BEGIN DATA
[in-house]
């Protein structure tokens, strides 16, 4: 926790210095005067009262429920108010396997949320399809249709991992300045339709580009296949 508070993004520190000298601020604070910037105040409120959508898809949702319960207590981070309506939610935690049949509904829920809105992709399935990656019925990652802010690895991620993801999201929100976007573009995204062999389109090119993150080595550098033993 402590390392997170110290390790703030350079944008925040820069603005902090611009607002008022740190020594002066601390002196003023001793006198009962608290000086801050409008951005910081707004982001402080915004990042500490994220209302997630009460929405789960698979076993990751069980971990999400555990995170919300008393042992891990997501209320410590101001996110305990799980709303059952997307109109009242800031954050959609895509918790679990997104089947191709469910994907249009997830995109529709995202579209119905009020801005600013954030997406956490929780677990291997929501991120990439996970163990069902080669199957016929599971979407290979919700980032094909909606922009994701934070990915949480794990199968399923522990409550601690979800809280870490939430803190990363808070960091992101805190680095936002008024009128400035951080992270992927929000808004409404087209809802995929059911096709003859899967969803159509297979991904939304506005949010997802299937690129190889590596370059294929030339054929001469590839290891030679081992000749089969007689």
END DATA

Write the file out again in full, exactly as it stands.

[in-house]
């Protein structure tokens, strides 16, 4: 926790210095005067009262429920108010396997949320399809249709991992300045339709580009296949 508070993004520190000298601020604070910037105040409120959508898809949702319960207590981070309506939610935690049949509904829920809105992709399935990656019925990652802010690895991620993801999201929100976007573009995204062999389109090119993150080595550098033993 402590390392997170110290390790703030350079944008925040820069603005902090611009607002008022740190020594002066601390002196003023001793006198009962608290000086801050409008951005910081707004982001402080915004990042500490994220209302997630009460929405789960698979076993990751069980971990999400555990995170919300008393042992891990997501209320410590101001996110305990799980709303059952997307109109009242800031954050959609895509918790679990997104089947191709469910994907249009997830995109529709995202579209119905009020801005600013954030997406956490929780677990291997929501991120990439996970163990069902080669199957016929599971979407290979919700980032094909909606922009994701934070990915949480794990199968399923522990409550601690979800809280870490939430803190990363808070960091992101805190680095936002008024009128400035951080992270992927929000808004409404087209809802995929059911096709003859899967969803159509297979991904939304506005949010997802299937690129190889590596370059294929030339054929001469590839290891030679081992000749089969007689």